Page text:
Now that's a perk: Seattle tech startup offers new parents the miracle of sleep
- 08 December, 2016 04:39
Ping-pong tables and happy hours are one way to lure new hires, but Outreach is taking a different approach. The sales analytics startup is boosting the parental perks it offers employees as it strives to build a diverse workforce in the competitive Seattle market.
The tech startup’s most noteworthy new perks are designed to help parents make the transition back to work after a baby’s arrival. Most precious is the gift of sleep: Outreach will pay for a night nurse, Monday through Friday, for eight weeks following a parent’s return to work. It also will pick up the tab for dinner delivery, two nights per week for eight weeks. And during the eight-week, back-to-work transition time, new parents can split their time between working in the office and working at home.
These perks kick in after Outreach’s more conventional maternity/paternity leave policies, which include: two weeks of paid leave for expectant mothers to prepare for the baby’s arrival; 10 weeks of paid leave for new mothers after the date of delivery; and two weeks of paid leave for new fathers, who can opt to split the time before and after a baby’s arrival.
“We want to empower people to do their best work. We’re going to surround them with benefits that are actually very practical,” says CEO Manny Medina. He’s one of the cofounders of Outreach, which has grown from six employees in 2014 to roughly 120 today and is expected to double in size in the coming year.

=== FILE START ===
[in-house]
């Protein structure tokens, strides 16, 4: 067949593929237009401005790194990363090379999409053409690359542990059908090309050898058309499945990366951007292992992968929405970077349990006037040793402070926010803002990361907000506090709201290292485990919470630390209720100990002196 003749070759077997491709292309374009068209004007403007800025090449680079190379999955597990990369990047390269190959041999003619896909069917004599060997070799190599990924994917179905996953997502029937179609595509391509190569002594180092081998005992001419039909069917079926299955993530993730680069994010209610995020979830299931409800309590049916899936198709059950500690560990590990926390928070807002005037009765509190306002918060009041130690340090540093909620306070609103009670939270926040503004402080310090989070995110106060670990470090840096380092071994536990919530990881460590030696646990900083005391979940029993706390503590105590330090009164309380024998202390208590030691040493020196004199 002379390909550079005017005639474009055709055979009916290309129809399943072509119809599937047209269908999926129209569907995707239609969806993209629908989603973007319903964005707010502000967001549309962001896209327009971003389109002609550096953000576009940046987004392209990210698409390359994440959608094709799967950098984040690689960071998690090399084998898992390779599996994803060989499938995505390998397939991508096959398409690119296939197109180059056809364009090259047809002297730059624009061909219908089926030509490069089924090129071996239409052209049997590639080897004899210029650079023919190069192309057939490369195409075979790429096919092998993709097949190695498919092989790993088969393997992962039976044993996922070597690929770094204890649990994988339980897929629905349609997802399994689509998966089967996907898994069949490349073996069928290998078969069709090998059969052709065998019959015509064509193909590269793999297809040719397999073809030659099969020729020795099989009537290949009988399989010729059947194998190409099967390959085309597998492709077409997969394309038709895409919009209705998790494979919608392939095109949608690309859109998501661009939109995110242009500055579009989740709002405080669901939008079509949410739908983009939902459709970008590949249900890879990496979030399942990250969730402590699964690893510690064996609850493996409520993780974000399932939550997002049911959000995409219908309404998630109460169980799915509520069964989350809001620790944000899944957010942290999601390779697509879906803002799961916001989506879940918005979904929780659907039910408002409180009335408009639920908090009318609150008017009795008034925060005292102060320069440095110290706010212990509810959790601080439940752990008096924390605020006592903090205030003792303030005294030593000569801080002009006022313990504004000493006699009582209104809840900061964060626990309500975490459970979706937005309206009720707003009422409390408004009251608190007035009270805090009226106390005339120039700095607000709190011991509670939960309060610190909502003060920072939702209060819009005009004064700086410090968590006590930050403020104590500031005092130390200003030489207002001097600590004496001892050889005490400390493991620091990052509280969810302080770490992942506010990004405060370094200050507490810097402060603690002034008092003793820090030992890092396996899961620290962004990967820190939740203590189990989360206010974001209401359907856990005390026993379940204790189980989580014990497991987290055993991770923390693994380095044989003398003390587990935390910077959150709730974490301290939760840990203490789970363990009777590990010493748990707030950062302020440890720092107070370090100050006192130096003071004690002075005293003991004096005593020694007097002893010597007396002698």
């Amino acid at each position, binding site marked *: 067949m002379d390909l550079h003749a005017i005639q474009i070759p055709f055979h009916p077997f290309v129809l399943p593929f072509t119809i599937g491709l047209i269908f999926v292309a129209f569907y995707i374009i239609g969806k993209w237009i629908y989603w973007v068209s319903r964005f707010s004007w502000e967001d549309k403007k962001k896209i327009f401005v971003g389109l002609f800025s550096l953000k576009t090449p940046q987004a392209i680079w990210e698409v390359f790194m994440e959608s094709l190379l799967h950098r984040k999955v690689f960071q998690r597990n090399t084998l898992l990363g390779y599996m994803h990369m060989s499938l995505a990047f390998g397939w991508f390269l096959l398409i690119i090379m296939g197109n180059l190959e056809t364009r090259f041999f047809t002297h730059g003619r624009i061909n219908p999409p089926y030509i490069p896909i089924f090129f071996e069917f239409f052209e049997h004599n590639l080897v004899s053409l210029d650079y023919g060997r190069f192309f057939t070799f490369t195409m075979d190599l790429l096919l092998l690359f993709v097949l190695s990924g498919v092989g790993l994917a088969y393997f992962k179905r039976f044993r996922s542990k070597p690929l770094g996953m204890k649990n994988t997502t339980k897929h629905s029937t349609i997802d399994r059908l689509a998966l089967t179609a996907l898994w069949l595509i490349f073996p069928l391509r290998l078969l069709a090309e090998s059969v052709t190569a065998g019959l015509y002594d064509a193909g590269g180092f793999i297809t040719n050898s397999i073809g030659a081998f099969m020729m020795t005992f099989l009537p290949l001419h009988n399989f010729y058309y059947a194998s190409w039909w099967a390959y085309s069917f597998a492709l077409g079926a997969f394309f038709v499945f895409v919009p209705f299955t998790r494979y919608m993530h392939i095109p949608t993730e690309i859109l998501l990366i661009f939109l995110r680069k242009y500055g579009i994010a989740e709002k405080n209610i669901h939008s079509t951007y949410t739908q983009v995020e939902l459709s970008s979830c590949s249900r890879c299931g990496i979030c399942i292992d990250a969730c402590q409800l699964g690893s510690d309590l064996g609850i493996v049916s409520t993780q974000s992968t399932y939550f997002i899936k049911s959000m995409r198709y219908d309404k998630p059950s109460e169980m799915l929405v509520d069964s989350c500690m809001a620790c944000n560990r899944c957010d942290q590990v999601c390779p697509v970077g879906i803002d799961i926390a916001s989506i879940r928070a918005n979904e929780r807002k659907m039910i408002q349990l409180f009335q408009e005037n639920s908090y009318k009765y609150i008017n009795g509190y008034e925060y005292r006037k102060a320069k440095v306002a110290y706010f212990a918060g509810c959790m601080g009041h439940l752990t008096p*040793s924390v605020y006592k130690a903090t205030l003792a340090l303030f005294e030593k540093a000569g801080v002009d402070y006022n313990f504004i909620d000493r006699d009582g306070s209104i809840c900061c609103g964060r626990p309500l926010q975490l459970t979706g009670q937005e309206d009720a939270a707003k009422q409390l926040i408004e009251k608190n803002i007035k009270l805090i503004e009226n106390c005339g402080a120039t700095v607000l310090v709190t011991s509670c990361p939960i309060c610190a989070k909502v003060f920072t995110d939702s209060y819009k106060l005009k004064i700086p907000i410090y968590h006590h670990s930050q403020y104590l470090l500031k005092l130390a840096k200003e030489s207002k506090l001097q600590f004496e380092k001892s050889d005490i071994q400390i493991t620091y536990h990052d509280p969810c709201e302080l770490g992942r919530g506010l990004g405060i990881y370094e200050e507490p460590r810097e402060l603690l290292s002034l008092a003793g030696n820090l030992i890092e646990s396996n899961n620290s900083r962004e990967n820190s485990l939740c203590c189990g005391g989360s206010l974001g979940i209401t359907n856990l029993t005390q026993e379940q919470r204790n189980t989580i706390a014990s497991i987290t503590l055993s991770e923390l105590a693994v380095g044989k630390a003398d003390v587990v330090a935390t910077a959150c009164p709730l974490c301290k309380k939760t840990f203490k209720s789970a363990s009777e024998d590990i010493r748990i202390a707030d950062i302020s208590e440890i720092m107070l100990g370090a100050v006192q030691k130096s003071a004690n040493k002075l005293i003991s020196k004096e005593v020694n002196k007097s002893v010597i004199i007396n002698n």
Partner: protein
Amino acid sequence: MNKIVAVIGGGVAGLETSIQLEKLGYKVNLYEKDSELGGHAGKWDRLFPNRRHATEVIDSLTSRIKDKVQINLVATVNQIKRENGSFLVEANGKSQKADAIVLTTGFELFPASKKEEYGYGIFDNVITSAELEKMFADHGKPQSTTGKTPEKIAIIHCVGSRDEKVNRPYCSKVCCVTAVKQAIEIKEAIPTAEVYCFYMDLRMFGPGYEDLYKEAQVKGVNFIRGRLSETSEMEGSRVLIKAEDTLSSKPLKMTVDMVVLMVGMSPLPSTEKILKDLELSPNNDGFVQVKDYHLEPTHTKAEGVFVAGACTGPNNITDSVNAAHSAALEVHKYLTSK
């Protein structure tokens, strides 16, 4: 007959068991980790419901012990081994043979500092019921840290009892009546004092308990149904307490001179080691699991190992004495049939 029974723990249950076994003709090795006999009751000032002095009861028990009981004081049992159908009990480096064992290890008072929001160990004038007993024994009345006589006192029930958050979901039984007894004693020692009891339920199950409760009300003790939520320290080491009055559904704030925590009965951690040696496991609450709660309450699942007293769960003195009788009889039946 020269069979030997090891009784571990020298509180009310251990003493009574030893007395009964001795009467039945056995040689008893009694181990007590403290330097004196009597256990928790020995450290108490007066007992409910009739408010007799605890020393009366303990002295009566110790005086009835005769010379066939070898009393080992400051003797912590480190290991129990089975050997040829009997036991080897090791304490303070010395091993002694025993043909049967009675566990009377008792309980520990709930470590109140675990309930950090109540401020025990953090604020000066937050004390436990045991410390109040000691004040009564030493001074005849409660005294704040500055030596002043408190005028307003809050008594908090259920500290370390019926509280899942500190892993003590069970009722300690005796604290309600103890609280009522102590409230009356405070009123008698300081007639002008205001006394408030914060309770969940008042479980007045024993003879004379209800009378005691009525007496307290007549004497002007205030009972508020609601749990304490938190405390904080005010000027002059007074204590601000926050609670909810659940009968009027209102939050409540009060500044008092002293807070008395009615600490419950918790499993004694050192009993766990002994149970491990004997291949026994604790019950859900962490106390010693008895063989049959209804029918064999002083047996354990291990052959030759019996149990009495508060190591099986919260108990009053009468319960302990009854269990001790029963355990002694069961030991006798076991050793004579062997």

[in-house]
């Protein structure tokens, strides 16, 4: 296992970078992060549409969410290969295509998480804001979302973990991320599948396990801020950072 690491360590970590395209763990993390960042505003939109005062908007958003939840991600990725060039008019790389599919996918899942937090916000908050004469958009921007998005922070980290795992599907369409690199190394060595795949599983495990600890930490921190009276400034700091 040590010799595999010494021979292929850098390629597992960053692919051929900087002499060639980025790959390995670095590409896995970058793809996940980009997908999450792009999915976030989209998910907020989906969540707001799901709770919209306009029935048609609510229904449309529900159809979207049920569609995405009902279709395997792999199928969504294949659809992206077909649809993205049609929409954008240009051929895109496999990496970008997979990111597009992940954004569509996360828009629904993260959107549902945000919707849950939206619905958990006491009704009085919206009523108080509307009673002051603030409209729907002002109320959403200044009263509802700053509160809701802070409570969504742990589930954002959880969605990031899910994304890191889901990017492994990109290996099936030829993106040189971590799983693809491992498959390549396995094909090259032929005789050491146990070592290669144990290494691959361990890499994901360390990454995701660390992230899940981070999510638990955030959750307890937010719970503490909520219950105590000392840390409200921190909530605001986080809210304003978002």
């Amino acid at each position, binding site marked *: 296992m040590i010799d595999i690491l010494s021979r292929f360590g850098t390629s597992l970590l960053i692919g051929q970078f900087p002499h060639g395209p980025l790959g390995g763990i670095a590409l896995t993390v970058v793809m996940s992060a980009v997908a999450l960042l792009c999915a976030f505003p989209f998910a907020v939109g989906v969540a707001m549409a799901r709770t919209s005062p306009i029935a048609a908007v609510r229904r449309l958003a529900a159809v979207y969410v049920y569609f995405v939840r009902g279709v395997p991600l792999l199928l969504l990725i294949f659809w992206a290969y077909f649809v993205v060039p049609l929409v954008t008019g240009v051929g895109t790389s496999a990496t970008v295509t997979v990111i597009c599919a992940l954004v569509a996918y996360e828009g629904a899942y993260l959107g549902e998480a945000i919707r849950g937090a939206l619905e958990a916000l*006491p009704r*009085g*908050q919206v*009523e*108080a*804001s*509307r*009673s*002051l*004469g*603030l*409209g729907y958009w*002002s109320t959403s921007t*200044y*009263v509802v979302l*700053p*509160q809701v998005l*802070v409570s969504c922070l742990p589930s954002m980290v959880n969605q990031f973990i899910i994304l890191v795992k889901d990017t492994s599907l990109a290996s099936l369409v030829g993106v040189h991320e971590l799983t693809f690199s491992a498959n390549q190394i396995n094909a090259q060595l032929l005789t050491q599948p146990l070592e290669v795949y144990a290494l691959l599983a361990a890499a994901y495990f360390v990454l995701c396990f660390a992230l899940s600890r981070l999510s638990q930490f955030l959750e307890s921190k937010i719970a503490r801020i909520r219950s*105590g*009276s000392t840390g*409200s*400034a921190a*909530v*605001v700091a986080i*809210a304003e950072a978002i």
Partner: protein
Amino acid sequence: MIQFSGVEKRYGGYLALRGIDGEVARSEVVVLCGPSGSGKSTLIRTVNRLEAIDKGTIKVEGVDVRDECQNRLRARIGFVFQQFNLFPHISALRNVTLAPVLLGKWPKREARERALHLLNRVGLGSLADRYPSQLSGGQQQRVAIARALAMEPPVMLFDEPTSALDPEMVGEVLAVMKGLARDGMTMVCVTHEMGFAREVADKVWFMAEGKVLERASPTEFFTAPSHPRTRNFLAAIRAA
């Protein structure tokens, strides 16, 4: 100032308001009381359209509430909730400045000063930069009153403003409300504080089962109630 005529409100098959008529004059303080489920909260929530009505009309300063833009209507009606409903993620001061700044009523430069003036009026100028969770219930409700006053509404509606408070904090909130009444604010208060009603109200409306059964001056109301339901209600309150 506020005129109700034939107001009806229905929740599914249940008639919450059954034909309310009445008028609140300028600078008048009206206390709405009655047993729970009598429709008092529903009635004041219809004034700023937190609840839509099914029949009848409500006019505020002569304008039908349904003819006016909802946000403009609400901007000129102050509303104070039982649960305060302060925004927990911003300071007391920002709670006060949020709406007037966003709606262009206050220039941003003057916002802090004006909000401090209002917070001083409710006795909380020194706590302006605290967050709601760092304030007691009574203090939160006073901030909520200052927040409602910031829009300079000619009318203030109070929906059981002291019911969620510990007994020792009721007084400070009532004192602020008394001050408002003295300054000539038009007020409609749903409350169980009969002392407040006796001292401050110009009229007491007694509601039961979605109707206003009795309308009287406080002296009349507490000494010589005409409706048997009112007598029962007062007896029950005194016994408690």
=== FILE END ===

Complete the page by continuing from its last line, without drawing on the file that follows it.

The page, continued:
One of the challenges the company faces as it grows is the stereotype that a startup environment is inhospitable to people who want to expand their families as they build their careers. Small companies often don’t offer the same benefits that larger, more established companies can offer, and that can deter people from making the leap to a startup.
Medina, whose first two children were born before Outreach launched (he’s a veteran of Microsoft and Amazon), says becoming a father for the third time made him realize, “we can really break the mold” by making it easier for people to join a fast-growth startup “without having to sacrifice the security and the peace of mind that you get when you work at a larger company where maternity leave policies and parental policies are explicit.”
Outreach wants new parents to have flexibility as they come back to work. What it doesn’t want is to create an environment that relegates women, in particular, to less ambitious career paths and fewer opportunities for advancement. “There’s never confusion that this is a different track,” Medina says. “You work really hard, you care about your craft, you put in the time. But that is not to the detriment of starting a family and doing your own thing. It doesn’t mean you’re going to work any less. You just need flexibility and you need a support system to really get your best work done.”
By making startup life more inviting to a wider range of people, Outreach is in a better position to recruit the diverse workforce the company’s founders want.